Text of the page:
Hal: The advantage of brushless is the power-to-weight ratio. They're incredibly efficient and can pack a lot of power into a small mass. The challenge with brushless motors is the controllers that make them go backwards and forwards at certain speeds are much more delicate and complex and difficult to program. So, it's a trade off. It's a little bit like going from a Honda Civic to a Ferrari. It’s really fast and really strong, but it's a little bit temperamental.

Steve: Gotcha. Anything else that's significant significantly changed with 3.0?

Hal: Yes. Our lifter mechanism is a brand new design. So, the lifter mechanism in the new DUCK! actually works very similar to how a real DUCK!'s beak works. It's hinged, at the jaw and it opens and closes like a duckbill. So, it behaves a lot like a duck and the most important feature, the newest thing for DUCK! 3.0, a BattleBots first, is that our robot actually quacks.

Steve: As it should.

Hal: Yes. When the lifter opens and closes, you can hear the DUCK! quacking audibly.

Steve: I'm looking forward to that.

Hal: Yes, we we refer to it as fowl language.

Steve: And after a while, that's probably going to get tiresome for you. But for now, it's great. One of my favorite battles is when you took on Cobalt in season four. It was another one of those examples where DUCK! just courageously outlasted the competition.

Hal: Yes, our battle against Cobalt in season four was what we refer to as the birthday miracle, because the day that match took place, it was my birthday and we had no right winning that match. Cobalt, which is a really well-made, extremely dangerous robot, was literally knocking us all over the arena. I think the announcers counted there were 13 times that we flew into the air and landed on the steel floor. And in a very dramatic moment, which was actually quite scary, they ripped our plow off of the robot, but we somehow managed to win. It was this war of attrition that we actually managed to win. Cobalt got high-centered on a piece of the floor and their wheels couldn't touch the ground and therefore they couldn't drive around. And that's considered a knockout, and we beat them.

Steve: It was brilliant. I and I have to say it was probably the funniest call I've ever heard on BattleBots, so it is up on YouTube, folks, if you want to take a look at it. The lifter mechanism that you mentioned did fly off and where the announcers took it from there was just hysterical. I'm still laughing at it.

Hal: Yeah, they did a great job.

Steve: They did. Do you have a favorite battle from any of the past seasons?

Hal: Hmm. Well, Cobalt is one of them. Uh, I think another favorite is with DUCK! 1.0, we went against Tombstone, which is one of the veterans who's very destructive. He's called the king of kinetic energy because he does so much damage with this spinning bar. And we almost beat him our rookie year. It was a very dramatic match, that's another one that would be good to look up on YouTube. We broke his weapon. He stopped. He wasn't moving at all. We only had one wheel of our four wheels left and I was managing to drive it around the arena on one wheel. Uh, so at that point, we thought we had beat him and we'd won. But then he magically and unfortunately came back to life. And then I stupidly drove over one of the arena hazards called a kill saw, and that broke one of the bearings in our one remaining wheel so we couldn't move and Tombstone could move and we lost. So, we were torn from the grips of victory against one of the most successful robots.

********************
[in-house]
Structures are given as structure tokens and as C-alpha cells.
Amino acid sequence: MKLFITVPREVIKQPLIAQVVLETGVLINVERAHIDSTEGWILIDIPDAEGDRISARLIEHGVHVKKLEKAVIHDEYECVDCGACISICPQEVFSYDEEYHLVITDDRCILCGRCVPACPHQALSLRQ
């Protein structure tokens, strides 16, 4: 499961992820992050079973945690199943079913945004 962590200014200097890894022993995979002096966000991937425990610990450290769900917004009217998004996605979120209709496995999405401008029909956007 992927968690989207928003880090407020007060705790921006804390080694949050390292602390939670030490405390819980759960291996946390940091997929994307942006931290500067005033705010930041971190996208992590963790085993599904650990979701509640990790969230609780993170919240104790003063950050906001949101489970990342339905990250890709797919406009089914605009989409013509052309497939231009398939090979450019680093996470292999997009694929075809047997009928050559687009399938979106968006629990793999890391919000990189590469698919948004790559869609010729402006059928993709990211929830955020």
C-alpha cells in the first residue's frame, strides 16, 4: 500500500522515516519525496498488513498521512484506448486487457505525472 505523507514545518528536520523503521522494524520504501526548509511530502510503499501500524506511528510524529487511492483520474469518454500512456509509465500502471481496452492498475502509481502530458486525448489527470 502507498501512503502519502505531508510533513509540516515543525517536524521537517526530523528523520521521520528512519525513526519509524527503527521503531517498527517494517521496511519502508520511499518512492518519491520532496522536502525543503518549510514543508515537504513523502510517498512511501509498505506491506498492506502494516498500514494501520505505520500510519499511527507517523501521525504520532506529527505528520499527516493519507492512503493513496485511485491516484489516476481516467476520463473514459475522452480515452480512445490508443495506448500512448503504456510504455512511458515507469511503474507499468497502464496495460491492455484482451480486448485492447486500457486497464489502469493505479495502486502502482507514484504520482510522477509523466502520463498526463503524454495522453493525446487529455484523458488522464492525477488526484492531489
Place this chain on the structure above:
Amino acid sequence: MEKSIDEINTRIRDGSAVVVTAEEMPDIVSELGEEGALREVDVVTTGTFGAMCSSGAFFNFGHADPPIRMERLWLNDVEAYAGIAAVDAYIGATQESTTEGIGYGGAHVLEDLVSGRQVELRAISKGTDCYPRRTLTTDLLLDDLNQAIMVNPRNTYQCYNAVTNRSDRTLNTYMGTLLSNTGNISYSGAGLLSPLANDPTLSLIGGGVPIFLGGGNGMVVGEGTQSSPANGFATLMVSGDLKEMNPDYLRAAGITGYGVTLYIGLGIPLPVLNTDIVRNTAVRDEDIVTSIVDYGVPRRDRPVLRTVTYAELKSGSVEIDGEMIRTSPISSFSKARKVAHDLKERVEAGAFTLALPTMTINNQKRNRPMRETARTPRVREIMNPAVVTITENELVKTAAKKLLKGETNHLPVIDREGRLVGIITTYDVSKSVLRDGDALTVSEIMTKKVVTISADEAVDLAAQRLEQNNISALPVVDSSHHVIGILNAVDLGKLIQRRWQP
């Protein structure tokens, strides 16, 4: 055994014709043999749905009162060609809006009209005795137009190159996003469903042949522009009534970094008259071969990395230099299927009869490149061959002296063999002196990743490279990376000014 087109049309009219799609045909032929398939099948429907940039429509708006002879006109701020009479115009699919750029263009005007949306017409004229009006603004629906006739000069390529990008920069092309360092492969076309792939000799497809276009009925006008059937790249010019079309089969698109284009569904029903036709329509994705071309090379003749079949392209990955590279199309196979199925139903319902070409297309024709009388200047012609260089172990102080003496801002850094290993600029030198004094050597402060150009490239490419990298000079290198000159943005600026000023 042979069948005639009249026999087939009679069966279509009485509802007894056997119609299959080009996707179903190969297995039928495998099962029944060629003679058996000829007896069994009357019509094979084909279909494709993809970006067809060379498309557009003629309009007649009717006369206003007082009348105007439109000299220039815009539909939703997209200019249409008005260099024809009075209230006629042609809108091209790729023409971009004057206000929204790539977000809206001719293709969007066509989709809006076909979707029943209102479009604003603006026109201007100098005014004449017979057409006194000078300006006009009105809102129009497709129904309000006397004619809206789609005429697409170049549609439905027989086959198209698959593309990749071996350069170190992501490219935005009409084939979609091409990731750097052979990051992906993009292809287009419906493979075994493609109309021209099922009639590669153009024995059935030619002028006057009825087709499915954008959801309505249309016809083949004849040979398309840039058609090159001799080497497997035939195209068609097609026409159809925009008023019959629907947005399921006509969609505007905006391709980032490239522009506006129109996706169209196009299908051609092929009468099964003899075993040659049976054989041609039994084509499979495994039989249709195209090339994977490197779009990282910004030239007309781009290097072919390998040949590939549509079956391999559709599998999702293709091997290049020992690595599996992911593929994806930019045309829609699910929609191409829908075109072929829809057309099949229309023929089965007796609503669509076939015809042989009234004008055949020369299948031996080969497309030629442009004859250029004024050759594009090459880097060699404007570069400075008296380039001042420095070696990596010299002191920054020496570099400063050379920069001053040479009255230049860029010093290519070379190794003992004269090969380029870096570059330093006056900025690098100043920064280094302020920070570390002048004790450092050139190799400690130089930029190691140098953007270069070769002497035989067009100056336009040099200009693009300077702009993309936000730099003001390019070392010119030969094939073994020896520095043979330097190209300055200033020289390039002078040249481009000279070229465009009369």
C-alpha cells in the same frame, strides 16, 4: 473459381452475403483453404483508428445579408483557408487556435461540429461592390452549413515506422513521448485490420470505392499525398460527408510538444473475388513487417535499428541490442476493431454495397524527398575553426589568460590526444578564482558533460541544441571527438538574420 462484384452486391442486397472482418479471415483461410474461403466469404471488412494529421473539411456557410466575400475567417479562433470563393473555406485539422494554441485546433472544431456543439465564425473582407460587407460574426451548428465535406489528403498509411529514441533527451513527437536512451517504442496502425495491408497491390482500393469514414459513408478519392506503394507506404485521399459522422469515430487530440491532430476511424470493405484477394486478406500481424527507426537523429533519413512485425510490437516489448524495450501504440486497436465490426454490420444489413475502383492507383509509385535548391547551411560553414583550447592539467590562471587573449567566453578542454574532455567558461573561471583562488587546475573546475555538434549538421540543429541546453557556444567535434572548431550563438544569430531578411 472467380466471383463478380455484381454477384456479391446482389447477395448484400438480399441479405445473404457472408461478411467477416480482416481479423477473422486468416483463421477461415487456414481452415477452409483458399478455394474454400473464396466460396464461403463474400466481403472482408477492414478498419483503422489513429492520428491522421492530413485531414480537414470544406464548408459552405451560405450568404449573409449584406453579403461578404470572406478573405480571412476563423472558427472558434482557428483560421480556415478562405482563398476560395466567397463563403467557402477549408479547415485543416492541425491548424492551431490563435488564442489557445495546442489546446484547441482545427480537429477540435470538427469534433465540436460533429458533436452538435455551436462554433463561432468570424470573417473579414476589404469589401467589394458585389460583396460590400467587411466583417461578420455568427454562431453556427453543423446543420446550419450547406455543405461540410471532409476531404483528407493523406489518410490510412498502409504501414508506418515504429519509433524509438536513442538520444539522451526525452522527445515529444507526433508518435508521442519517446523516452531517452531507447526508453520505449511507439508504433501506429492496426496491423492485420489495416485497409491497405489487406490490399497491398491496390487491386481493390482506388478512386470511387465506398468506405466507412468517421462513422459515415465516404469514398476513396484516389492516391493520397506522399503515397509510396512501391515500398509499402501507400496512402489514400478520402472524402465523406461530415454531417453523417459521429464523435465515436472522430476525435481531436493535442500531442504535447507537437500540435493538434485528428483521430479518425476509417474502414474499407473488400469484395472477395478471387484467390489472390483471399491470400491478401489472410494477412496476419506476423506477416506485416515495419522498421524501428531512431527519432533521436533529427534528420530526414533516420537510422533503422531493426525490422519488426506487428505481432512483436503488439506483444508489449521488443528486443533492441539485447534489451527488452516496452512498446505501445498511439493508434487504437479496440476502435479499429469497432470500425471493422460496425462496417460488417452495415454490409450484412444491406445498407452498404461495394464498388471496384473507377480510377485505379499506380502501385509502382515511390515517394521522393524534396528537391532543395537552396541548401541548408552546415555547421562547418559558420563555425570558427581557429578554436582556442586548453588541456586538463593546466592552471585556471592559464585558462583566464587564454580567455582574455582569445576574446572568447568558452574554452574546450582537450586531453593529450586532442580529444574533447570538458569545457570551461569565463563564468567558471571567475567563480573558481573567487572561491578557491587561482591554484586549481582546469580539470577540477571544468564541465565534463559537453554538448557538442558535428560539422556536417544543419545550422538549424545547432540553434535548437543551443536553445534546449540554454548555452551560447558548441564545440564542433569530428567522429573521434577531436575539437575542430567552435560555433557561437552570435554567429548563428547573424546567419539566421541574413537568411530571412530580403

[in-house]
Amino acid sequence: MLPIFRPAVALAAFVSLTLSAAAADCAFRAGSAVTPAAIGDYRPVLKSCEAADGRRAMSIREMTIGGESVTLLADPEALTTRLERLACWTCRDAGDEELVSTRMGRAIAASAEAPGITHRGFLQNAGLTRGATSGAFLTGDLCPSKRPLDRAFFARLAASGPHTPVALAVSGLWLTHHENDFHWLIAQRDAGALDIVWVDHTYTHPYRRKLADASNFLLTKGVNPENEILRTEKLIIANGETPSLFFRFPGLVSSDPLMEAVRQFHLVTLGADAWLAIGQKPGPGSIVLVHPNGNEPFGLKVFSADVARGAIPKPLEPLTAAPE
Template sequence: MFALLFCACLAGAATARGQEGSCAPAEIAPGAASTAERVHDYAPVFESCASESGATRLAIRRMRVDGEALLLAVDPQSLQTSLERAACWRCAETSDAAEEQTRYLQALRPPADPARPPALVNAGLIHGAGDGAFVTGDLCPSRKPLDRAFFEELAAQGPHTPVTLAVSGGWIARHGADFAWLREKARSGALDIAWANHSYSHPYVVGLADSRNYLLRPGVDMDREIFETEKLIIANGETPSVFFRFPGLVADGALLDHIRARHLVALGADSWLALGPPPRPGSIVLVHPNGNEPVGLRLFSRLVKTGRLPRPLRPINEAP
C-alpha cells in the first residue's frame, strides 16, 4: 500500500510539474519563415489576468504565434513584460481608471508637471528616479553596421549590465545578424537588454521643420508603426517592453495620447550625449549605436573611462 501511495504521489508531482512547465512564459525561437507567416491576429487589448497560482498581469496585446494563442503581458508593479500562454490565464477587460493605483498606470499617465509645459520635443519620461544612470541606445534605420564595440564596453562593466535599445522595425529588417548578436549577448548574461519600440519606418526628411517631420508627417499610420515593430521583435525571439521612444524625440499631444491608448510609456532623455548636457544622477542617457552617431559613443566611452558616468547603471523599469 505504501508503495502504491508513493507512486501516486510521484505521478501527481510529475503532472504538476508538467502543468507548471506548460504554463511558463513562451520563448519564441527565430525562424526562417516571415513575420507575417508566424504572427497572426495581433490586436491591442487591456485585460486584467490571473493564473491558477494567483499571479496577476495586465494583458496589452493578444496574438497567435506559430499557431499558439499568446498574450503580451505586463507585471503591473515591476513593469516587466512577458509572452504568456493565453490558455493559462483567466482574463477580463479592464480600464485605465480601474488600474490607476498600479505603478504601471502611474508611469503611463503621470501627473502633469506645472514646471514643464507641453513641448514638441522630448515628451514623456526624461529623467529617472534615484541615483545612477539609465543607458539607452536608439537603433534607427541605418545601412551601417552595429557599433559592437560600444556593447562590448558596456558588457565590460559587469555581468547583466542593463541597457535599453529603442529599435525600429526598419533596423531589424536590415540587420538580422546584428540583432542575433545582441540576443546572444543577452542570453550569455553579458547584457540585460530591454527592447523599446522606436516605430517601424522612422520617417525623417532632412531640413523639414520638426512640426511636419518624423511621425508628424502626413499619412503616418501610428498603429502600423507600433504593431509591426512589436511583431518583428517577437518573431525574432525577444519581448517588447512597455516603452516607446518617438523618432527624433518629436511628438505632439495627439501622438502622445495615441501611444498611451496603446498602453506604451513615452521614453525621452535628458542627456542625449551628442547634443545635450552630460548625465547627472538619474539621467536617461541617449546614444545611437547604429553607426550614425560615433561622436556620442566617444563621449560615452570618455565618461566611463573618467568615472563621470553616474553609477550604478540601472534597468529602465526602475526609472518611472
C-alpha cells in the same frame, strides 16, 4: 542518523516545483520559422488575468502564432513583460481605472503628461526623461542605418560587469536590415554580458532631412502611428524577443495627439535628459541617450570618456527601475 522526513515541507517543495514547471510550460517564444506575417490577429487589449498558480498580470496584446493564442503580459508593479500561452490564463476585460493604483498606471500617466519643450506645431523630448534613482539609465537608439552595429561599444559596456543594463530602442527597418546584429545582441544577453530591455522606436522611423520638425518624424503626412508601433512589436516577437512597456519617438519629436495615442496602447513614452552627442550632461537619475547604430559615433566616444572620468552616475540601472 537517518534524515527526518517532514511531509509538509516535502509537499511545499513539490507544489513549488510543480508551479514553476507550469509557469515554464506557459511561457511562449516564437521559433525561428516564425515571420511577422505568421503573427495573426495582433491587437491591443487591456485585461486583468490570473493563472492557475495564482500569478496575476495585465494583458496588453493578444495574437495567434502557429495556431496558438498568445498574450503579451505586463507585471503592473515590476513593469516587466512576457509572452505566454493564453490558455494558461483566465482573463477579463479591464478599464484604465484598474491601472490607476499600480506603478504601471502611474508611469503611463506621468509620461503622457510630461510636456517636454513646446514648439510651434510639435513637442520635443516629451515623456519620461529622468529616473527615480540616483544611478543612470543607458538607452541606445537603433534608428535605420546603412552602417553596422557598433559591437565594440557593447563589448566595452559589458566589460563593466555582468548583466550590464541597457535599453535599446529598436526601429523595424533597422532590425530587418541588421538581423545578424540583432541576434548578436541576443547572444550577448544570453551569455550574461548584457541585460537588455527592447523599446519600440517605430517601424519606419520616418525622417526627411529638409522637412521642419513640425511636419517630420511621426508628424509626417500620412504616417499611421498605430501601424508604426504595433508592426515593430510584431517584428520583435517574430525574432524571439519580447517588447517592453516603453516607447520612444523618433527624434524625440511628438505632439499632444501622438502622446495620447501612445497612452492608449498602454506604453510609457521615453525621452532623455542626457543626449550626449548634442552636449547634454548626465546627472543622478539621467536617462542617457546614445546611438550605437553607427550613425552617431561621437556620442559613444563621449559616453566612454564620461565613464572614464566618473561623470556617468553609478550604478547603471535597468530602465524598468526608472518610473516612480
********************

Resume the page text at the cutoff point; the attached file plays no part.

Steve: I'm intrigued by the fact that one of your favorite battles was a loss.

Hal: Yeah, for all DUCK!’s been through.

Hal: Well, when your strategy is to go in and get beat up,

Steve: You're going to get beat up.

Hal: The best matches are the ones you lose.

Steve: Well, last year you took the year off. Was that due to the pandemic or were you retooling DUCK!?

Hal: No, that was entirely due to the pandemic, we just weren't comfortable competing with people from all over the world and in one room. A lot of other teams made the same decision that year, which had some silver linings. One was it gave us more time to work on the new version of DUCK!. And another silver lining was it opened up a lot of spots for some rookie teams who might not otherwise have been able to make it. And those rookie teams turned out to be amazing. Some of the best matches that BattleBots has ever seen. So, in season six, those rookie teams came back and with a little bit more experience and they put on great shows. I think the matches in season six when it gets televised are going to be the best, best ever.